Beautiful creamy flowers
Habitat: Mallee, woodlands
Description and uses:
Native Apricot, now going by the trendy name of ‘Gumbi Gumbi’ was Pittosporum phylliraeoides, now it’s Pittosporum angustifolium – that’s a lot of names!
It is an elegant, weeping, tree that has been getting quite a bit of attention of late as another potential anti-cancer remedy. For millennia, though, Indigenous Australians have been using various parts of the tree for a wide range of ailments.
The ‘Native Apricot’ alludes to the appearance of the fruit. They’re a kind of a vaguely similar colour and shape, though I reckon there’s more than a little wishful thinking in that. The fruit are interesting as the tree will have fruit in all stages of maturity on it at the same time. They split when ripe and orange/yellow in colour, exposing the seeds,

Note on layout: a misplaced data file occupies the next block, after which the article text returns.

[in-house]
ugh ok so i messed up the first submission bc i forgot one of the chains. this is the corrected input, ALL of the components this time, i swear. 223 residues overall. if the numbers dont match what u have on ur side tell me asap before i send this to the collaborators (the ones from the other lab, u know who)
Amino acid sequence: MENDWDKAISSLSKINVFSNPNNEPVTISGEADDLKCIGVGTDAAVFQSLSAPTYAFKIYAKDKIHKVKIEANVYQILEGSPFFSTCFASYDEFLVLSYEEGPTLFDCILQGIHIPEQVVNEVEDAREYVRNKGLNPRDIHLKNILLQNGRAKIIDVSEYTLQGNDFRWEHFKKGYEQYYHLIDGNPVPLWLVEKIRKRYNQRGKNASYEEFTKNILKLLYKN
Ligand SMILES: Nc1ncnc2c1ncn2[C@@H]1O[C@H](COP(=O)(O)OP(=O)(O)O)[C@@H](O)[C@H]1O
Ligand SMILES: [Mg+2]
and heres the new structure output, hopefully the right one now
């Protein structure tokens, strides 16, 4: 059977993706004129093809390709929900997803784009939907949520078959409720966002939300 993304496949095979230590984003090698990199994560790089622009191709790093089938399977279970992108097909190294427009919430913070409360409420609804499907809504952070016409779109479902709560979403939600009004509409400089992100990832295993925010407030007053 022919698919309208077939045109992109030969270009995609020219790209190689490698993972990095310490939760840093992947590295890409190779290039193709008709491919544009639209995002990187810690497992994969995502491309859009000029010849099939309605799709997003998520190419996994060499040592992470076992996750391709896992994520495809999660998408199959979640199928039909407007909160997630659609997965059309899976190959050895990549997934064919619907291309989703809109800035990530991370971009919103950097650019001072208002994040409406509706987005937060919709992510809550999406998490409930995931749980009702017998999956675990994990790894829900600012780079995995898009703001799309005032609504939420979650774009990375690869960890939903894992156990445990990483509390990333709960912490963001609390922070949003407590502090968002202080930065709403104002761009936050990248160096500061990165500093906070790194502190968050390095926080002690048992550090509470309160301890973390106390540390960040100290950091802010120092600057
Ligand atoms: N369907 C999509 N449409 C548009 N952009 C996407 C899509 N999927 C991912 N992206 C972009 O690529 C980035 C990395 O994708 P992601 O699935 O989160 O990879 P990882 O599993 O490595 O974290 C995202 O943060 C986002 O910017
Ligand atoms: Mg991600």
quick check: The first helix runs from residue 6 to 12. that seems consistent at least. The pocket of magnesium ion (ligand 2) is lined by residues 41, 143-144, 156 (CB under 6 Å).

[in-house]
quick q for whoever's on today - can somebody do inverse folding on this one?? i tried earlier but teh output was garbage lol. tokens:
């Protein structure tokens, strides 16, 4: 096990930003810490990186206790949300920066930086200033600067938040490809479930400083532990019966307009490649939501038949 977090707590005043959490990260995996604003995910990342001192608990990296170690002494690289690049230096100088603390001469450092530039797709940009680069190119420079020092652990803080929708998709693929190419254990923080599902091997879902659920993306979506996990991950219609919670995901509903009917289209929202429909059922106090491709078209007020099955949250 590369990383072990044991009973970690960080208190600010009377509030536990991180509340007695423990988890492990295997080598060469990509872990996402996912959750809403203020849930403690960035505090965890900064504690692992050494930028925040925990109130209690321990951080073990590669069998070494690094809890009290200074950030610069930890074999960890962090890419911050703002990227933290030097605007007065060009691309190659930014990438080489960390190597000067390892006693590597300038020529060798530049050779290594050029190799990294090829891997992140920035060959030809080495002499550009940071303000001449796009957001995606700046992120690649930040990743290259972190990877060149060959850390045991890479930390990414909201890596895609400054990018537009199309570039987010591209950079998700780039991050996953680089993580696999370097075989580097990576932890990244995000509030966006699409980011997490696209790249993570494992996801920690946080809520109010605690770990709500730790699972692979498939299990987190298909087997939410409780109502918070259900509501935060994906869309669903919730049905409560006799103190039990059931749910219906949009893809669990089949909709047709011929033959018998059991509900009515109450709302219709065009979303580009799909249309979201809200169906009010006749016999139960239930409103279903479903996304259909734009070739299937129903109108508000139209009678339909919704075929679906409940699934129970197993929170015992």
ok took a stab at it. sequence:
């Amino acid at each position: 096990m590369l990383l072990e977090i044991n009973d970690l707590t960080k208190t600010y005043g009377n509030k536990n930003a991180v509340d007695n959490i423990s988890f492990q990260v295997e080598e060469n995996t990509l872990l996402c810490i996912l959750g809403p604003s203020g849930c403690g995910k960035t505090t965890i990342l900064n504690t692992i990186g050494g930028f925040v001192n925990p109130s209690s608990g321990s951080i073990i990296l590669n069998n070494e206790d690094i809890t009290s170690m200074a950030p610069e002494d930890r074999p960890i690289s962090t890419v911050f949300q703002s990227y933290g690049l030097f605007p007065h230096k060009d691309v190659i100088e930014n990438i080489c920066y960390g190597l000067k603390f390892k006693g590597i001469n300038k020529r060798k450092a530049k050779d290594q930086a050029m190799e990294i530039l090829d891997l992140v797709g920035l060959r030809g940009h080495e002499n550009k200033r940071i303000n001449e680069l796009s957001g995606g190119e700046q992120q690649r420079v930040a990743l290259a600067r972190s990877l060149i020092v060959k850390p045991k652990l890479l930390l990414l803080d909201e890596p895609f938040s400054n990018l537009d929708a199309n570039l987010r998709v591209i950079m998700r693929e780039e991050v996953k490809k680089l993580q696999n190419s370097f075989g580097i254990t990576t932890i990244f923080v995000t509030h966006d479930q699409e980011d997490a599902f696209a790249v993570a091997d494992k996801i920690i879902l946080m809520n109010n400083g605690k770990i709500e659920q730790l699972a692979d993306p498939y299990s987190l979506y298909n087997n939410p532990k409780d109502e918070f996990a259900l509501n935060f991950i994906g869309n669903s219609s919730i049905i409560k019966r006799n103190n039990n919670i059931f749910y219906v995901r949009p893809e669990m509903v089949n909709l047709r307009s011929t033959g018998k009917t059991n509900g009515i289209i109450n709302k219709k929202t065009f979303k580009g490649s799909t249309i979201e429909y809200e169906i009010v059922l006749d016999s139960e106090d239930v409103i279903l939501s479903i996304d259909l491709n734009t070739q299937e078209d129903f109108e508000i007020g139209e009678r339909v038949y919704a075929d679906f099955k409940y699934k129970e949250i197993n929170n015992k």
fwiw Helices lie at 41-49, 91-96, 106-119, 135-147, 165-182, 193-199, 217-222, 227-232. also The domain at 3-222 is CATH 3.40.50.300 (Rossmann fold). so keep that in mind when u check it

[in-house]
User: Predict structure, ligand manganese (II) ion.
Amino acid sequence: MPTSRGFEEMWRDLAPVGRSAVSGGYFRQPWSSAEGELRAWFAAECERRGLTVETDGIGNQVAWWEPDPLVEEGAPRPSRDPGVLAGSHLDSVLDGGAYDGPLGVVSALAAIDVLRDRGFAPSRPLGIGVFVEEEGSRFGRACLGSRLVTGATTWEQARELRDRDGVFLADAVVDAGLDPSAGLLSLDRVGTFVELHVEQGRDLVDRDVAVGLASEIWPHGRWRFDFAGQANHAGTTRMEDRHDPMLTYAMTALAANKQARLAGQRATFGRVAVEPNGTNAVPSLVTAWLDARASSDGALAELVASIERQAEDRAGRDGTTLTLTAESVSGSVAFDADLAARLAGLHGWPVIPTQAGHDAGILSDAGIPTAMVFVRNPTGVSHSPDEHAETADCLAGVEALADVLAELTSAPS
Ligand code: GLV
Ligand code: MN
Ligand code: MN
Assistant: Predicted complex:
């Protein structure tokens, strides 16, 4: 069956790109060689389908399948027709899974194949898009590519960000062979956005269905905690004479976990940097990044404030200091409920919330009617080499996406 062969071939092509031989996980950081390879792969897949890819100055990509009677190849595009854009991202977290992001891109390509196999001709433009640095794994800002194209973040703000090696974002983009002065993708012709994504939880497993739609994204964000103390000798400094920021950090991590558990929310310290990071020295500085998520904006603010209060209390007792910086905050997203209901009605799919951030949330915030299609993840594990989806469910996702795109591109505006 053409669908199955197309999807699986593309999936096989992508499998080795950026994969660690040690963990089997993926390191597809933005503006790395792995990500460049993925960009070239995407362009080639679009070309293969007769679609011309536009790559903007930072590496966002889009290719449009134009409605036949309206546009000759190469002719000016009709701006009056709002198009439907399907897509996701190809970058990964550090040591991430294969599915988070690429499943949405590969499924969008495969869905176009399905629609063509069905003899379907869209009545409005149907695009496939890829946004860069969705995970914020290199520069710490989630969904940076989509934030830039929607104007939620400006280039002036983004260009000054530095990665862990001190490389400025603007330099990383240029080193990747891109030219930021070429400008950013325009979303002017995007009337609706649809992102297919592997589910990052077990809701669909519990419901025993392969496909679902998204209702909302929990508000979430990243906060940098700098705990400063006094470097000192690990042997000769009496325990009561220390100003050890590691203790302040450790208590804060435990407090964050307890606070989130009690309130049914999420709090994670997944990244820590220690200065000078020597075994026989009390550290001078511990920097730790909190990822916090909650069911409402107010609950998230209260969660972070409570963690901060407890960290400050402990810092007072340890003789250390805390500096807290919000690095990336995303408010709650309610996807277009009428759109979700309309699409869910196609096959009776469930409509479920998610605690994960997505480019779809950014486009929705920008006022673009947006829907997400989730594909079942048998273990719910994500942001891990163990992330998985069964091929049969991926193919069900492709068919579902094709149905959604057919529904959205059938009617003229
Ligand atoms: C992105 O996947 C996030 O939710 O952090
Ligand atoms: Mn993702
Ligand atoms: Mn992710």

Every part of the tree has a traditional use. They contain saponins, tannins and flavonoids. Knowing that, we can see how Gumbi Gumbi can affect such a wide range of ailments. It is full of chemical that are anti-inflammatories that work together synergestically for an amazing effect.
Briefly, Saponins help soothe membranes. Flavonoids heal capillaries and smaller vessels, while tannins tone and tighten membranes and reduce inflammation in this way. All work together seamlessly in our bodies.
Seeds, pulp, wood, bark, roots and leaves are used individually or in combination in a decoction. Decoction of every part can be used for can be used for pain and cramps
Native Apricot can be used internally for diarrhoea and inflammation, externally for aches and pain, rheumatism and arthritis. It can ease rashes and external redness when the decoction is applied externally.
That’s only a brief summary of the more prosaic uses that we Kitchen Herbalists would use this wonder plant for. I’ll leave a lot of the grander claims to the experts.
Despite its name, don’t eat any part of the Native Apricot. It is very bitter, I mean VERY BITTER and you’ll regret it. Use a tea or oil instead.